We arrived in Heathrow Airport, London to turn on our cell phones and discover what is perhaps the single most gratifying moment of our professional lives. Tsehay, One of the nurses trained by Cure Cervical Cancer and left in charge of continuing the clinic sent out an update on their statistics from Friday afternoon, after we had left. To summarize, they saw 63 patients, identified eight VIA positive patients, performed 7 cryotherapy procedures, and identified 3 women with highly suspicious lesions for invasive cervical cancer which they appropriately referred for cervical biopsy. In short, in one afternoon they saved between 6 to 9 women’s lives.
During the last week’s activities, there has been an evolution in our understanding of the role that CCC has to play in the arena of cervical cancer prevention globally. We began the trip with the hope that we could see and treat as many women as possible during a weeks time and hopefully leave some supplies with which the local practitioners could continue the work. By the end of the week we realize that the single most important thing our organization can do is help launch sustainable, large volume, ongoing cervical cancer prevention programs in developing countries worldwide.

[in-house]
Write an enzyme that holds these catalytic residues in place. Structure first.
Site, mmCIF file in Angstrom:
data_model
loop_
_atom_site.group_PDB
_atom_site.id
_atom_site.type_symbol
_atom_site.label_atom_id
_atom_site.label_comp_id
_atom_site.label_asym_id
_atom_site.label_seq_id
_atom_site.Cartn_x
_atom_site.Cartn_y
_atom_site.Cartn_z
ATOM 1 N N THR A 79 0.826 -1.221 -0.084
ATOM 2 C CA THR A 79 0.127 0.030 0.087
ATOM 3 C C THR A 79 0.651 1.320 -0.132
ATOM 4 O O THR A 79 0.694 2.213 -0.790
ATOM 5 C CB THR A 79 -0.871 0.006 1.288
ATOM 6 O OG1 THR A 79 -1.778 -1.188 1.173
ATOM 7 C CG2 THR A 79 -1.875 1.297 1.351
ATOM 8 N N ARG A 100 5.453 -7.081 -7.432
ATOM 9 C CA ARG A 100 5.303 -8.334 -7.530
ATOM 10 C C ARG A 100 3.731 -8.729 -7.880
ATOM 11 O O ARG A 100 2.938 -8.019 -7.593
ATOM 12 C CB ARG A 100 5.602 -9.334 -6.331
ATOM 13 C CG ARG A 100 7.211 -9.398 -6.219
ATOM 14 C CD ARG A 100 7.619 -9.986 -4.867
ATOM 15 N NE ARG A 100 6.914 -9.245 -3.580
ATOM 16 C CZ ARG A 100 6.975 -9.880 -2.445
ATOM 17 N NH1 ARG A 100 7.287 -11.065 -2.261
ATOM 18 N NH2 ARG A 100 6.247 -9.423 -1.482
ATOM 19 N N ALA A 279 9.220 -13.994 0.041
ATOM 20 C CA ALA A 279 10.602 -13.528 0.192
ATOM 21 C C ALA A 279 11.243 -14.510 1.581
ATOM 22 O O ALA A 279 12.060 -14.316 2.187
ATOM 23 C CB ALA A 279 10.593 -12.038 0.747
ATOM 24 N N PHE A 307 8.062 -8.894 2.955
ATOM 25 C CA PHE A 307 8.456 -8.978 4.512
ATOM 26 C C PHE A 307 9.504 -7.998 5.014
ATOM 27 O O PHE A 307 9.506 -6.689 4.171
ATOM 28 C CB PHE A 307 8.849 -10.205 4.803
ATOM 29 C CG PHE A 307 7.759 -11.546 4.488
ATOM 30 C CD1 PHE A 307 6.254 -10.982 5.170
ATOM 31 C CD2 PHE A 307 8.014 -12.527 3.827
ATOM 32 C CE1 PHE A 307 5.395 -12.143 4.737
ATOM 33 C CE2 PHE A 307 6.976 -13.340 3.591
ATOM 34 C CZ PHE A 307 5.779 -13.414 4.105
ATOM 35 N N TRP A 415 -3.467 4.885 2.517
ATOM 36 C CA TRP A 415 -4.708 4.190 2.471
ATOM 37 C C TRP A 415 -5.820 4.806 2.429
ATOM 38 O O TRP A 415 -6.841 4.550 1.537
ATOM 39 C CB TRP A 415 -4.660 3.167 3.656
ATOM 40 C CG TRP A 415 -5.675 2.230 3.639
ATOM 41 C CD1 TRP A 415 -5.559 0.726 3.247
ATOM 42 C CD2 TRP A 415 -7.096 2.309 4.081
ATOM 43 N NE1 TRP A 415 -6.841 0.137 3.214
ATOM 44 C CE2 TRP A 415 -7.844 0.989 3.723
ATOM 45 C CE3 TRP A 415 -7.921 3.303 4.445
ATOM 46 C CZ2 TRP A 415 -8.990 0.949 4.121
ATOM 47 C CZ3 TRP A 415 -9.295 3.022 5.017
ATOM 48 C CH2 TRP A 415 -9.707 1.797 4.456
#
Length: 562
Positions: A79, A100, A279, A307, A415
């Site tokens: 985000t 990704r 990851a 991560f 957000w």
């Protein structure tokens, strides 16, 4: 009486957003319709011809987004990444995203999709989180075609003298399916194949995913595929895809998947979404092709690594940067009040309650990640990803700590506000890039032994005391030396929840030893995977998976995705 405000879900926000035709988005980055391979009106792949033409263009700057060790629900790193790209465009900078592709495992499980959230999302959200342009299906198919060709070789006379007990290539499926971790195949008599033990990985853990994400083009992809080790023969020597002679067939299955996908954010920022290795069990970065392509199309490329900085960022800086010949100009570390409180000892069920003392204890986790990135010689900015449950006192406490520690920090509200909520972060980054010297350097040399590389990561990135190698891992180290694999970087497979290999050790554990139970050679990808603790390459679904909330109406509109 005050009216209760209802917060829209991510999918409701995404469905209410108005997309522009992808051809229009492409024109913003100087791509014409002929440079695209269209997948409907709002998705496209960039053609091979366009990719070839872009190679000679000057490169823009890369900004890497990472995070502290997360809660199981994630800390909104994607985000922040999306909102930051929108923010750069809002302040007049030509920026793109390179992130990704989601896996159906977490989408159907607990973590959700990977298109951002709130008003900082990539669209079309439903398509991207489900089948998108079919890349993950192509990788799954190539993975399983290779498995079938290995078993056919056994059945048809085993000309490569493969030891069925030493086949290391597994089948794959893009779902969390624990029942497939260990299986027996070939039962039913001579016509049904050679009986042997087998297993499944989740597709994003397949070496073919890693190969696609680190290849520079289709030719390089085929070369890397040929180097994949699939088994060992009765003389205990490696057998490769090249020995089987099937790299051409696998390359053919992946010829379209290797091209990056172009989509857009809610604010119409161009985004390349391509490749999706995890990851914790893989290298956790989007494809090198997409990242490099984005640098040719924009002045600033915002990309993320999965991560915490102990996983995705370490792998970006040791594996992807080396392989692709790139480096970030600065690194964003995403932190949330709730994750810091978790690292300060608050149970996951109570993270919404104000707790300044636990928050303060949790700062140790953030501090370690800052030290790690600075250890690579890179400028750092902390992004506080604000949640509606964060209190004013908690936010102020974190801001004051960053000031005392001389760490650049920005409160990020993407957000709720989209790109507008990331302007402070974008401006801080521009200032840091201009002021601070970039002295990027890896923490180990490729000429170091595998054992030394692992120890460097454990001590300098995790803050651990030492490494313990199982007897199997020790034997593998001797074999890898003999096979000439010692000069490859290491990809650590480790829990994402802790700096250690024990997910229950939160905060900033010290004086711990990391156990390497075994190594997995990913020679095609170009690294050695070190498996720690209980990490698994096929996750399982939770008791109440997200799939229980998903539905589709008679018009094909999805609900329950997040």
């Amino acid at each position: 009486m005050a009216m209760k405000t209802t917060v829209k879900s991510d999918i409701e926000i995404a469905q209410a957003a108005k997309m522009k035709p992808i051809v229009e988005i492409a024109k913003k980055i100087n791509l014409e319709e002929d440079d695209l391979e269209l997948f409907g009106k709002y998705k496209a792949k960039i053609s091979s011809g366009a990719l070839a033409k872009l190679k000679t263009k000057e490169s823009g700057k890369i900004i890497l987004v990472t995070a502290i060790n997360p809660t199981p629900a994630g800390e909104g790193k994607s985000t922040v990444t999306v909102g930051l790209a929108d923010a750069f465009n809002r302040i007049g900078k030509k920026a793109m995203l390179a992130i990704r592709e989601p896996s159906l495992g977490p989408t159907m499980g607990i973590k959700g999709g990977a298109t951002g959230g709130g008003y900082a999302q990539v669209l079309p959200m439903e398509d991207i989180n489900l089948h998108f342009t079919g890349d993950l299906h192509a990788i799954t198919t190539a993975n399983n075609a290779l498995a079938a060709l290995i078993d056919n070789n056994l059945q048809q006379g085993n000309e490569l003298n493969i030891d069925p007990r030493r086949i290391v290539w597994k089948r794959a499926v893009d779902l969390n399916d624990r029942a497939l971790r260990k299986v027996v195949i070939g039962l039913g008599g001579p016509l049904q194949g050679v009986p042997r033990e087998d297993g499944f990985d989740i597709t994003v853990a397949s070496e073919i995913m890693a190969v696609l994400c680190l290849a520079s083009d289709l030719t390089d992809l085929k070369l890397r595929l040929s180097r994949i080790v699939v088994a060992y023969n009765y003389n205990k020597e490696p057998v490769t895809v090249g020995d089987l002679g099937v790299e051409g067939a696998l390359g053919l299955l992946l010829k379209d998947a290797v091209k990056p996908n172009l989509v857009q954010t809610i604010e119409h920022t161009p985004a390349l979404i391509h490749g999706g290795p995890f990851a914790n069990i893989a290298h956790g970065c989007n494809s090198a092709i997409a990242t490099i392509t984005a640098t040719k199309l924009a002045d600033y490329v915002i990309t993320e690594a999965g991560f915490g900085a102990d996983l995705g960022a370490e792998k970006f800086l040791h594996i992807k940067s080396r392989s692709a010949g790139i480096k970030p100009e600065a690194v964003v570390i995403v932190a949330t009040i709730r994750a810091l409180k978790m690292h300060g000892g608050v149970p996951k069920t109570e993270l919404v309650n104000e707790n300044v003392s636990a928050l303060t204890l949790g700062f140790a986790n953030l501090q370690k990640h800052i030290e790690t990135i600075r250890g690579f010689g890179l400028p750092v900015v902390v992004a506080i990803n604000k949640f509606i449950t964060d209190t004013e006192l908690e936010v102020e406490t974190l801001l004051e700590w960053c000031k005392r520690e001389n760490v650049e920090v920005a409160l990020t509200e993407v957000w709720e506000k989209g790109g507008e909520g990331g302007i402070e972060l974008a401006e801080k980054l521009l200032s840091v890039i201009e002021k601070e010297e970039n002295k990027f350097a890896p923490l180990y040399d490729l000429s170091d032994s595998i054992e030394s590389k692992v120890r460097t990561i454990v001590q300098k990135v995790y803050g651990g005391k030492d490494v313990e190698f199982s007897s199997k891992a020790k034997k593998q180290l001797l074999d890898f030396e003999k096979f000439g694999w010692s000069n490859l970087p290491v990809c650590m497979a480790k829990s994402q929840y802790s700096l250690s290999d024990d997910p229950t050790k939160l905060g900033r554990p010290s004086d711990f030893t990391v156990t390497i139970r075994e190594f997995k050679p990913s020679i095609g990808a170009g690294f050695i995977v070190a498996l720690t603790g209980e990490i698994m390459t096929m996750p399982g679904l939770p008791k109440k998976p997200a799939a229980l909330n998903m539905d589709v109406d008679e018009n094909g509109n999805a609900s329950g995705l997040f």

Life is a learning process. This week has been absolutely transformative for our consciousness as professionals, and as human beings. We had originally envisioned our trip as providing services in rural and small community clinic locations. We have come to understand that the services will never be provided unless the future for healthcare in the country, meaning the doctors, nurses and health extension workers in training become exposed to a high-volume highly functional training center where they can be individually inspired by the number of women’s lives saved by this simple technique.
We could not be more focused and inspired to continue this work.
Final Report: Preliminary data indicates that we performed slightly over 100 cryotherapy procedures for pre-malignant lesions, hence curing 90% of these women, and diagnosed over 10 cervical cancers, five of which can be cured with surgery at Ayder Hospital.